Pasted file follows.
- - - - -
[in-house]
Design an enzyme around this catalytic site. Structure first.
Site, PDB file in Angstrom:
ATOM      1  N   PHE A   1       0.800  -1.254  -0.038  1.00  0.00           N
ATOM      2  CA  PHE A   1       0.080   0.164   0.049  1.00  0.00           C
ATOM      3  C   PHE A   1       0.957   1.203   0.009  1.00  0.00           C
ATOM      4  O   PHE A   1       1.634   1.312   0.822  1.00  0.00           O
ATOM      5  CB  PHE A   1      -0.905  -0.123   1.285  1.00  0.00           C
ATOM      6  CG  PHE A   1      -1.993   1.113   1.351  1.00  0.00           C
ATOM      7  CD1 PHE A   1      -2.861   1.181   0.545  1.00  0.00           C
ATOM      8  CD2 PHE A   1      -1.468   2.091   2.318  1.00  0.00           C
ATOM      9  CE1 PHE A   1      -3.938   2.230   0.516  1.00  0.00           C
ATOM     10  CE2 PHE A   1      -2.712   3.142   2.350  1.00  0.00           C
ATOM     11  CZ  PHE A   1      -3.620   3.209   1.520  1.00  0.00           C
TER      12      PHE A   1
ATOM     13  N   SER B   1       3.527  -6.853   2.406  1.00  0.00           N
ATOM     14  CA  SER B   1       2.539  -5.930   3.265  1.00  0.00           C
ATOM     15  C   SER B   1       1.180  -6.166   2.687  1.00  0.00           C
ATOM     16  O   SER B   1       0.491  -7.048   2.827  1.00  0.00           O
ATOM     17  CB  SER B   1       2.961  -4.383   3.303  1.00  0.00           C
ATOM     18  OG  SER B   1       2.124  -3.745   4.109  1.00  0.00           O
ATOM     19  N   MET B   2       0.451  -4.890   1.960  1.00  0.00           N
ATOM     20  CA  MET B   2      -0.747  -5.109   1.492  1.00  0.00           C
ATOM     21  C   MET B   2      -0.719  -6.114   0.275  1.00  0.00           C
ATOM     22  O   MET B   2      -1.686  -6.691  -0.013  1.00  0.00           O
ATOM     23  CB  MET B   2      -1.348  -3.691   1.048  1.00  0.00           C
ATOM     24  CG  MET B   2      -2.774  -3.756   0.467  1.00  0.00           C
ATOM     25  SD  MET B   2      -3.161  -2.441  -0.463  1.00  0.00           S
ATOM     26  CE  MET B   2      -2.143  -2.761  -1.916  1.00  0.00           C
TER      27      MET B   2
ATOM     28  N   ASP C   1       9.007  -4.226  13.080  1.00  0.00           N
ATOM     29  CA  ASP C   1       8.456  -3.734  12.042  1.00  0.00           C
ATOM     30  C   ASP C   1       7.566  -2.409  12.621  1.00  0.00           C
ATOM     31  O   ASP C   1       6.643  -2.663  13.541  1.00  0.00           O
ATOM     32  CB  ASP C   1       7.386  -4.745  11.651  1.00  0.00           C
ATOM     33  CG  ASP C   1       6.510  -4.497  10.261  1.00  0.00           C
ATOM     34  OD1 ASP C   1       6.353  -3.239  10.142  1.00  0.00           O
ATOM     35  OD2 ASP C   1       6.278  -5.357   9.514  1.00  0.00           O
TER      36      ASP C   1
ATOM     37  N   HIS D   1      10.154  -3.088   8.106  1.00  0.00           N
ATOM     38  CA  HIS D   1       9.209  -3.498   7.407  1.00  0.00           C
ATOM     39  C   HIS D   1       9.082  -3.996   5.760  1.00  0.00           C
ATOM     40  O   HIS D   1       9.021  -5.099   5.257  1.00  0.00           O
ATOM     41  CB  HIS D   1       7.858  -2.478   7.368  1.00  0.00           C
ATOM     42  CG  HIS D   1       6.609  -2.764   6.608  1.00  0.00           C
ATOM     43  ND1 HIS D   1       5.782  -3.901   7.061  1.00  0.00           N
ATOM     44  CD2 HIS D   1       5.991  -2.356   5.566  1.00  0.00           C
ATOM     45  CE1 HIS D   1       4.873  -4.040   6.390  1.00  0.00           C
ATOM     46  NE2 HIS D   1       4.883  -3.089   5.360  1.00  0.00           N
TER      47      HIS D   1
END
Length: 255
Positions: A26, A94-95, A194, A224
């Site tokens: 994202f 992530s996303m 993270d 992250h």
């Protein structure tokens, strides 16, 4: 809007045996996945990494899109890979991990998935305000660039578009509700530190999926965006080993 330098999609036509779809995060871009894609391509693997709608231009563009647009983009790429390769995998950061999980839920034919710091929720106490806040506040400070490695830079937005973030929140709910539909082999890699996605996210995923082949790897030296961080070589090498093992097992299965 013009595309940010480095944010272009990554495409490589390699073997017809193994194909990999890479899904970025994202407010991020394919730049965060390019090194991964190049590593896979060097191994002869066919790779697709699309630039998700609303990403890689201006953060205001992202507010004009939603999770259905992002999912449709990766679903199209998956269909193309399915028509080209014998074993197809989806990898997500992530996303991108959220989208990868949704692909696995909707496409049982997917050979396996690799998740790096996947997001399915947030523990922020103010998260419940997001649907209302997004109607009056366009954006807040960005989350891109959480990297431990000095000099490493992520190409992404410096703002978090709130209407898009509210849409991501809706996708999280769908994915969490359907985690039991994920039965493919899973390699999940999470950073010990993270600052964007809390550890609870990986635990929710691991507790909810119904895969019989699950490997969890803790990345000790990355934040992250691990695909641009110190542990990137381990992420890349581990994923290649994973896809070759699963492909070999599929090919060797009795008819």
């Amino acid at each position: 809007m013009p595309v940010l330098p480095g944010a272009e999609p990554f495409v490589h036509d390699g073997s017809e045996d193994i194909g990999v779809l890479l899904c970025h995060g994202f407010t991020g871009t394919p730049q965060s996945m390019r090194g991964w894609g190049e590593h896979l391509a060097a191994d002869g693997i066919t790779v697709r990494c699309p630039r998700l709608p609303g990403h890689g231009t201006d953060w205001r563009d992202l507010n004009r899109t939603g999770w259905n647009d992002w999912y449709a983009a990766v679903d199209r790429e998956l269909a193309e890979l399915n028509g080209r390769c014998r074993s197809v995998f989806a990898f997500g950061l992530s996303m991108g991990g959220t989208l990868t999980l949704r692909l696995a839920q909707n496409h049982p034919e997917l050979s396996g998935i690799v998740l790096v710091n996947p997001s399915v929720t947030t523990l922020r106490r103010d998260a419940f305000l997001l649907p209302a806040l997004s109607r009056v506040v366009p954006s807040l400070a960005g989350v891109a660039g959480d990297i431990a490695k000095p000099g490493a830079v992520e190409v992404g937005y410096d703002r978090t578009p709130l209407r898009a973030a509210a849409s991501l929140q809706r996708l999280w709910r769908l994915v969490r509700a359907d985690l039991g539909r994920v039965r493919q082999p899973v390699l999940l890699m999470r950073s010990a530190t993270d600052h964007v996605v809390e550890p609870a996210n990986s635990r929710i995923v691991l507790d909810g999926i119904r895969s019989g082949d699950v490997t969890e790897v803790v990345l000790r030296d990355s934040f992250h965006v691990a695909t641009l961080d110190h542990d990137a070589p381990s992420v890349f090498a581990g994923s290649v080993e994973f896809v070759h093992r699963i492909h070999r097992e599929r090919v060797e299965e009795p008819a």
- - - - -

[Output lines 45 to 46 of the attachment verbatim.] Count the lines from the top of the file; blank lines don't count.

ATOM     42  CG  HIS D   1       6.609  -2.764   6.608  1.00  0.00           C
ATOM     43  ND1 HIS D   1       5.782  -3.901   7.061  1.00  0.00           N